On World Postcard Day today, meet the women who go beyond WhatsApp chats and Insta DMs and have not given up on this quaint mode of communication
When most people were tired of social distancing during the lockdown, Disha Shah sat for long hours writing postcards to her loved ones. “I realised that most of them didn’t even know where the nearest post offices are. That’s when I got the idea to revive the culture of sending postcards,” says the Ahmedabad-based enthusiast, who recently started writepostcard.com, a service that sends personalised and curated postcards on behalf of individuals. In July, Rohini Kejriwal, founder of the Alipore Post, started off a pen pal programme. “Chitthi Exchange came about when my intern, Tanishka Pandey, was keen to work on a community-based activity to help people connect with strangers and forge new friendships. We keep it simple: those interested filled in a Google Form, with an intuitive pairing done by me,” says Kejriwal, who has now connected almost 1,500 pen pals (750 pairs) across India and the world.
Not just a hobby While men like Vishnu Ravishankar (@zoro_pc), Ludhiana-based Pulkit Kochhar (@swap_it_india), and Coimbatore-based Viknesh Kumar (@vikki56pc) do actively contribute to the community, women seem to be a dominant presence in the postcard community. Even before the pandemic, Bengaluru-based Anupama Gummaraju has been writing postcards to people across the world for more than a year now. “However brief the interaction may be [because of the limited space], I’ve had glimpses of people’s lives that really drive home the point that we are all just humans navigating this world as best as we can,” says the co-owner of an educational initiative, Tide Learning. Both adults and kids can learn a lot about the world through postcards, she says. “Kindergarten and primary grade schoolteachers in the UK and the US carry out projects where they receive postcards from different countries. Parents who home-school their kids often swap postcards to educate their kids about history, geography, cultures, food, and habits from around the world,” Gummaraju explains, adding, “I’m 48 now — it’s never too late to start.”
Onam Girls by S Padma Malini
An undying faith In the last two years, Pune-based Anushka Sawarkar has exchanged more than 1,500 postcards with people from almost 80 countries. Apart from meeting a few of her pen pals in real life, she has also got to know her local postal workers. “I have a great rapport with them and they absolutely love seeing the different postcards I receive from around the world,” she says. For Chennai-based artist S Padma Malini, postcards are her canvas. The 38-year-old artist took time during the lockdown to create a social media page dedicated to her work (@theplainpaperspage on Instagram). “MF Husain used to travel with 100 postcards to draw his artwork. The day I got to learn this, I was inspired to do the same,” says Malini. Mumbai-based medical student, Bhumika Sunil Israni, who has been sending and receiving snail mail for the past two and a half years says that the lockdown was harder with no postcards to look forward to. “An empty mailbox did make me feel sad, but then I decided to reread the ones I already had. Unlike emails or phone messages, this was like a journey in the better past. The postcards started pouring in from June onwards, when postal services resumed,” she says. Israni now knows people living in more than 100 countries. “My family says that wherever I end up in the world, I will always have someone to shelter me,” she concludes with a laugh.Art on your mailThese artists are sharing their art on postcards on Instagram. Deepti Ahluwalia Sinha – @purplepirateco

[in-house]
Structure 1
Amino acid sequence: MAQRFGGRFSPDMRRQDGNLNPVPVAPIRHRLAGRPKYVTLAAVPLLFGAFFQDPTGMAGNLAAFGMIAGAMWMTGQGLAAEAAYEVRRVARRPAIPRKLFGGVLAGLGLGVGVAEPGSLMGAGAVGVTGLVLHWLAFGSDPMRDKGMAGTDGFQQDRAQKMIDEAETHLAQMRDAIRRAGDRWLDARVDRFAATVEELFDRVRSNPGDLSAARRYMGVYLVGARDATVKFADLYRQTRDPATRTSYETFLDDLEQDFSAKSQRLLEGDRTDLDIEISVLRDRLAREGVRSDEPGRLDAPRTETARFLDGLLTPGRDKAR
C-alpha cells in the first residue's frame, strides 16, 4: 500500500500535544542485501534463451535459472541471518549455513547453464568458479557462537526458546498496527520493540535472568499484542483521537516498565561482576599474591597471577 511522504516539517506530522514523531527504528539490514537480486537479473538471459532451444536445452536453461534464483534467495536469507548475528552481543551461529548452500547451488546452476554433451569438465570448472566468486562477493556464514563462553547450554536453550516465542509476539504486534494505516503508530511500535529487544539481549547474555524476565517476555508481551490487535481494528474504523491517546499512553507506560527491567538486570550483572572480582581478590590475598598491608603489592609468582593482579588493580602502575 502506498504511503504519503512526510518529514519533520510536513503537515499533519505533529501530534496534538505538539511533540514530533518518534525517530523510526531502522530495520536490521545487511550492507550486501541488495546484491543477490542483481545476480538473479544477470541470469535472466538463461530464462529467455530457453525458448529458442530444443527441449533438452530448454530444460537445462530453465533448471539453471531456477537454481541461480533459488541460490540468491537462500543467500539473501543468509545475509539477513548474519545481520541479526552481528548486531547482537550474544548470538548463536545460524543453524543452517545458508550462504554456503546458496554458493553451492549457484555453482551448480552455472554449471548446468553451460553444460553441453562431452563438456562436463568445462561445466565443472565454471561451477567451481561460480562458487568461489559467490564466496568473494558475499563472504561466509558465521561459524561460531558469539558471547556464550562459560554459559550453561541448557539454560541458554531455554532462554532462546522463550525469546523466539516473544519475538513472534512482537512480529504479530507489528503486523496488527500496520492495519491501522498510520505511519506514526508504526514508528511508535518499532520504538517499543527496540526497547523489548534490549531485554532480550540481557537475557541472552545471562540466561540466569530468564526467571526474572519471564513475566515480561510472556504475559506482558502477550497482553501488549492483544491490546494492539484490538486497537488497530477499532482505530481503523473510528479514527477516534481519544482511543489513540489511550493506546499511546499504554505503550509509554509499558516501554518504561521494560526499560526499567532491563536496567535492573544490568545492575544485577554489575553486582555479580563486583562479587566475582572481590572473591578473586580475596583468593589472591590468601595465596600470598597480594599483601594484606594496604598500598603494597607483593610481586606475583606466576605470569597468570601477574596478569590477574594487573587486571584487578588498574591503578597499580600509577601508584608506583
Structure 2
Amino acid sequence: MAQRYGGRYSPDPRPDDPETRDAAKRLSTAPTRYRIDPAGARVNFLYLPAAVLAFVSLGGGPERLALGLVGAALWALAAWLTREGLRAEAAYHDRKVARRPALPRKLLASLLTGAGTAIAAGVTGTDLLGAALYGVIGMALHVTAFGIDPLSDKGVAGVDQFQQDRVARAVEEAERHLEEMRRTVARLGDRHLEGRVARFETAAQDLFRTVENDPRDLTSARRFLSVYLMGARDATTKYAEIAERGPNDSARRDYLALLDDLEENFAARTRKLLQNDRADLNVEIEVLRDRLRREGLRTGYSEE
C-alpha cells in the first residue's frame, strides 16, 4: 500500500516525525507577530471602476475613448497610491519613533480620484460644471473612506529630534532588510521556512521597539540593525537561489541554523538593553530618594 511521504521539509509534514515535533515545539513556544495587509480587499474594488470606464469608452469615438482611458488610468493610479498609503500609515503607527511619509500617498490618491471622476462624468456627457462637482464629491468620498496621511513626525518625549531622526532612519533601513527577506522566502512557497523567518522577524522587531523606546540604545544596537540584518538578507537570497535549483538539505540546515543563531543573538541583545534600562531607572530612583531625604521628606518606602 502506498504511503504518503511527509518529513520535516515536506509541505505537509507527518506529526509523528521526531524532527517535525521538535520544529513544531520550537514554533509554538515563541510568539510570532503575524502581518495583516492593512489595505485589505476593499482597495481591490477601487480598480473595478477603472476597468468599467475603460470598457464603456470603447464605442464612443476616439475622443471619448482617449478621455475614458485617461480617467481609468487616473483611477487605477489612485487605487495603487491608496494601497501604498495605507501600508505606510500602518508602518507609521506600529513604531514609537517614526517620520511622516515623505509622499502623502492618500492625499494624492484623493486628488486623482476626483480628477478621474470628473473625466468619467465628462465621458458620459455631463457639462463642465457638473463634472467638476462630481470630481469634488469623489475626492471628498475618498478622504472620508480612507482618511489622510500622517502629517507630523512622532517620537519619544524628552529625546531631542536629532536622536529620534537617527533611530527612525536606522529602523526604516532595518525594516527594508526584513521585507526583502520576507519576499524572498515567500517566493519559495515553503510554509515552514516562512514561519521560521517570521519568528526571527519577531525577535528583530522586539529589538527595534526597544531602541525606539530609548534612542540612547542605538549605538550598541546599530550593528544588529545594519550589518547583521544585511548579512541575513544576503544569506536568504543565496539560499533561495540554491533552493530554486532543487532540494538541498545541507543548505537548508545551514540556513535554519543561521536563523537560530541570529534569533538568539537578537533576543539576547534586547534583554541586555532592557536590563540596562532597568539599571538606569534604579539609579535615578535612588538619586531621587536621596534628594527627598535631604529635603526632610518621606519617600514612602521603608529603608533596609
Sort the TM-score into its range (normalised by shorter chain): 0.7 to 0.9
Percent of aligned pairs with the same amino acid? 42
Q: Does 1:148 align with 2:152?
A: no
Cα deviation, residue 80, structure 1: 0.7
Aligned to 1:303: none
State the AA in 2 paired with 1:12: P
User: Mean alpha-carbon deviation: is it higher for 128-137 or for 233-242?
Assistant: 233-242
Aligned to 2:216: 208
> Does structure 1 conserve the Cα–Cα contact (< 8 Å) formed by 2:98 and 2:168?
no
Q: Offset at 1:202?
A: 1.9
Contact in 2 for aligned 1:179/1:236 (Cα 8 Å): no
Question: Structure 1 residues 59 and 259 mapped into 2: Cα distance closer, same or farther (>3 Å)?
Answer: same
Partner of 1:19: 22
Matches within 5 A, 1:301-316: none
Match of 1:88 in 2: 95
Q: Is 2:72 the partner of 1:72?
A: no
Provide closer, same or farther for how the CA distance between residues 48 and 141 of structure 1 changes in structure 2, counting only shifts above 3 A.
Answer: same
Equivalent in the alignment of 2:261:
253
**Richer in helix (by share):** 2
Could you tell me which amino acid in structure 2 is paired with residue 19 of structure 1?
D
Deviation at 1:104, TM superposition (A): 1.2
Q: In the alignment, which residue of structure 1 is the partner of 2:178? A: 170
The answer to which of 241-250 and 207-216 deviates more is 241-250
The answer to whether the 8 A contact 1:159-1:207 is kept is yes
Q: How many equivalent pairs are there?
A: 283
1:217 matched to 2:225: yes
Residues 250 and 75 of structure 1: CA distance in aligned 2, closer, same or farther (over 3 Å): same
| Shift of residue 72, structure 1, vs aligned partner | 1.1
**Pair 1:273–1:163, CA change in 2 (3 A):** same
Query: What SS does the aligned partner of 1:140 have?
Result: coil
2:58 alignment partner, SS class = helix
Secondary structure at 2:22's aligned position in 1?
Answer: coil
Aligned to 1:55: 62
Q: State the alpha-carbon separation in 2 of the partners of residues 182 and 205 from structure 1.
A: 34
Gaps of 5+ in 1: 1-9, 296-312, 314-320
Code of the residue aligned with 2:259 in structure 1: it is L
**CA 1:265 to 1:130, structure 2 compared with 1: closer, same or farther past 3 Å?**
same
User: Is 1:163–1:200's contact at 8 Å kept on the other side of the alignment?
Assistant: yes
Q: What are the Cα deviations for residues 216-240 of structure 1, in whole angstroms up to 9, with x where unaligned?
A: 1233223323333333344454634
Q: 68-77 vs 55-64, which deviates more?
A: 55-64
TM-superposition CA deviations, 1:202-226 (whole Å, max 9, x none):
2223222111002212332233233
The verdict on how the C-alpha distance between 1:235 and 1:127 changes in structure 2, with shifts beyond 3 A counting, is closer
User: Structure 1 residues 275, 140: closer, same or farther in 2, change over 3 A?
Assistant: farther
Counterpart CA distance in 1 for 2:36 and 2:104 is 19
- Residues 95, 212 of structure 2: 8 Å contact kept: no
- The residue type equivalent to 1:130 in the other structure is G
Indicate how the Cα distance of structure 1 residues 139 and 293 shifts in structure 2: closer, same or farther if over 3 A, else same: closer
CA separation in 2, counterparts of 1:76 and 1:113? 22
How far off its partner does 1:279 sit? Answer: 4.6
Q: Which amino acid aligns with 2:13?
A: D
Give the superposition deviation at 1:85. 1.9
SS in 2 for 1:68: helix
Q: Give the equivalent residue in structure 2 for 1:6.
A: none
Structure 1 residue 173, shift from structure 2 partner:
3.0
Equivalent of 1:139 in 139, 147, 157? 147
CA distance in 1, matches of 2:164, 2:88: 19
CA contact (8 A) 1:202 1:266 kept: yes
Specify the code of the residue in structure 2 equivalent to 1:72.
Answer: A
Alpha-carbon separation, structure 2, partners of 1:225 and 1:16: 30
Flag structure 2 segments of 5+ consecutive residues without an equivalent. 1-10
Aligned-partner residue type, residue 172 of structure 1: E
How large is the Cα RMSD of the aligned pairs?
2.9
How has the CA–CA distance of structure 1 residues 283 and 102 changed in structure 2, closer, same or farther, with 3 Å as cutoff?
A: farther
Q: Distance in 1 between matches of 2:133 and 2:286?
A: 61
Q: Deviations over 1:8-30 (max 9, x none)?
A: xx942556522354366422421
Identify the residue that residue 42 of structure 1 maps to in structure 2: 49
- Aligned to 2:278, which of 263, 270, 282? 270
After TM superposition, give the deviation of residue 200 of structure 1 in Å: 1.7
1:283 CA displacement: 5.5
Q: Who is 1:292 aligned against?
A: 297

Gurgaon-based Deepti Ahluwalia Sinha, a mother of one, says that her postcards are an ode to India Post workers, who have worked relentlessly during the pandemic to ensure that the mail reaches their home. @purplepirateco on Instagram
Shikha Nambiar – @chicabeingme
Pune-based Shikha Nambiar, 34, says, “The fact that a little piece of paper travels so many miles to reach my mailbox is just fascinating.” @chicabeingme on Instagram
Kodhai Narayanan – @artbykodhai
Bengaluru-based Kodhai Narayanan, 20, says, “Capturing fleeting moments and places in a postcard is like giving a memory a physical form, so that it can be transported to anyone in any part of the world.” @artbykodhai on Instagram
Shuruti Vengatesh – @make.mail
When Coimbatore-based Shuruti Vengatesh received cards from her grandfather on her birthdays, she was over the moon. “That’s where my love for writing letters and postcards comes from,” she says. @make.mail on Instagram.
Tulika Saxena – @embroid
Tulika Saxena, who is currently studying textile design from NID, says, “I was at home in Varanasi, and it was during the lockdown that I saw my grandfather’s postcard collection. I wanted to reinvent the yellow cards into something soothing (hence embroidery) and add visuals of local trees and flowers that remind us of home.” @embroid on Instagram.